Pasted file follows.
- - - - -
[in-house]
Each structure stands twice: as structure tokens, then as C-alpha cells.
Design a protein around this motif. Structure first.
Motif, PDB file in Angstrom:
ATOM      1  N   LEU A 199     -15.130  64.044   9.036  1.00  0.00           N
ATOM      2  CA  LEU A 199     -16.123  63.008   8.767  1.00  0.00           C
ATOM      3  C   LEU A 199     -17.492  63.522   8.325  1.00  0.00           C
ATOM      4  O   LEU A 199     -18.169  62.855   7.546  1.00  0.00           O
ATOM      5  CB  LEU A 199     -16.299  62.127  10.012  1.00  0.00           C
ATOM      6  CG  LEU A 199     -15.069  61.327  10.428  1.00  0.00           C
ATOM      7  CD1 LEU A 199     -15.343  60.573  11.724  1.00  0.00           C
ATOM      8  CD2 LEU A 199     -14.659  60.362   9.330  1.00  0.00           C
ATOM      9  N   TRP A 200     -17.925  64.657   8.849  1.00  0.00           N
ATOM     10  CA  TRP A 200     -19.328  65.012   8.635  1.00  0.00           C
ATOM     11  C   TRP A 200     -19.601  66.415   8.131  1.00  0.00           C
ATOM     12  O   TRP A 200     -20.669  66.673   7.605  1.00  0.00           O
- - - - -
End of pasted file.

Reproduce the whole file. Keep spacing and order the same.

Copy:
[in-house]
Each structure stands twice: as structure tokens, then as C-alpha cells.
Design a protein around this motif. Structure first.
Motif, PDB file in Angstrom:
ATOM      1  N   LEU A 199     -15.130  64.044   9.036  1.00  0.00           N
ATOM      2  CA  LEU A 199     -16.123  63.008   8.767  1.00  0.00           C
ATOM      3  C   LEU A 199     -17.492  63.522   8.325  1.00  0.00           C
ATOM      4  O   LEU A 199     -18.169  62.855   7.546  1.00  0.00           O
ATOM      5  CB  LEU A 199     -16.299  62.127  10.012  1.00  0.00           C
ATOM      6  CG  LEU A 199     -15.069  61.327  10.428  1.00  0.00           C
ATOM      7  CD1 LEU A 199     -15.343  60.573  11.724  1.00  0.00           C
ATOM      8  CD2 LEU A 199     -14.659  60.362   9.330  1.00  0.00           C
ATOM      9  N   TRP A 200     -17.925  64.657   8.849  1.00  0.00           N
ATOM     10  CA  TRP A 200     -19.328  65.012   8.635  1.00  0.00           C
ATOM     11  C   TRP A 200     -19.601  66.415   8.131  1.00  0.00           C
ATOM     12  O   TRP A 200     -20.669  66.673   7.605  1.00  0.00           O